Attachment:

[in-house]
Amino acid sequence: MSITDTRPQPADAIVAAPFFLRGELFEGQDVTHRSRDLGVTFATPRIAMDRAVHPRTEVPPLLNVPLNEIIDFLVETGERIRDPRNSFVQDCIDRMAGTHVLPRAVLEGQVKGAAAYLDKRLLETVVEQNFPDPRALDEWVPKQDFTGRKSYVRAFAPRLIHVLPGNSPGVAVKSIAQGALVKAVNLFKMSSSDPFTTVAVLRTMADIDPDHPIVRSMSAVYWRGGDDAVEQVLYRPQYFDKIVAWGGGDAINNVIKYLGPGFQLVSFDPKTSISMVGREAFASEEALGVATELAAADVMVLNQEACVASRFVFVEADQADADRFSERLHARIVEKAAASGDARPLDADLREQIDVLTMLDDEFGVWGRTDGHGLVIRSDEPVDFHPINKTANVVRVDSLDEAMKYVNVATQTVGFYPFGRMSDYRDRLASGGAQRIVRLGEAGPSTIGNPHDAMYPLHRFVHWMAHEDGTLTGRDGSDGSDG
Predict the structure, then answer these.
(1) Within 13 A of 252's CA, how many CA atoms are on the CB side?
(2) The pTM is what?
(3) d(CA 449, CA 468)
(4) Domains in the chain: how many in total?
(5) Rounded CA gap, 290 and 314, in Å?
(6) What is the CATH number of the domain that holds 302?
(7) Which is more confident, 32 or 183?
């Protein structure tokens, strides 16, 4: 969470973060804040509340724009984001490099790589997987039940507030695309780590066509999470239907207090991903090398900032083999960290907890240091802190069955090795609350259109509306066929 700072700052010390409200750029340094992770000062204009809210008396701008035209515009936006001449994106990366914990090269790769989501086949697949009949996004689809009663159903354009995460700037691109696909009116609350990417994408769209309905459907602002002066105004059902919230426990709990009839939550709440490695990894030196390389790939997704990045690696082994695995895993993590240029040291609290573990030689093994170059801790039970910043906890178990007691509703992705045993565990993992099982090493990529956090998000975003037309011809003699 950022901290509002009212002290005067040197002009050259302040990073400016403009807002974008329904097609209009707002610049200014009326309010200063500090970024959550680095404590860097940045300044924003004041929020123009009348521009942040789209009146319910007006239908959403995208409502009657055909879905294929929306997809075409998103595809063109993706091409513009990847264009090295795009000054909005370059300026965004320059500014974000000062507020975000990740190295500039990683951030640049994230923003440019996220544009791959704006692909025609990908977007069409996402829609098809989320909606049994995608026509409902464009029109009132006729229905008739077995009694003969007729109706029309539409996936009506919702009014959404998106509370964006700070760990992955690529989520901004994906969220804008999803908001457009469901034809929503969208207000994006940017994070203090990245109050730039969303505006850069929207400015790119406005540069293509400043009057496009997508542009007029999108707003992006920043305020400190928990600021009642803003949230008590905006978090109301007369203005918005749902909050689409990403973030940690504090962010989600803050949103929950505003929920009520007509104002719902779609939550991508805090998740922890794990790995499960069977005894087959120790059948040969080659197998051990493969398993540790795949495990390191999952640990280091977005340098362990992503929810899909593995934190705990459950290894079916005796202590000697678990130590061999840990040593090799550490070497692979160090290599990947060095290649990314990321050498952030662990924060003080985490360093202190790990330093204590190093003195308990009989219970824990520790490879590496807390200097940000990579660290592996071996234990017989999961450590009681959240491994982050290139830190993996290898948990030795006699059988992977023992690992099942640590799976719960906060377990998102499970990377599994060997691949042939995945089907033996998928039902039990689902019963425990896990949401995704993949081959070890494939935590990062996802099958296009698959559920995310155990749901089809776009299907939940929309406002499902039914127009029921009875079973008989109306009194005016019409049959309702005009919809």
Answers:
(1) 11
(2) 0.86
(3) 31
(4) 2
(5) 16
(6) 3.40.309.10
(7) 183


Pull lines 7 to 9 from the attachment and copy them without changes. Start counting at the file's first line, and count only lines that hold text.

(4) Domains in the chain: how many in total?
(5) Rounded CA gap, 290 and 314, in Å?
(6) What is the CATH number of the domain that holds 302?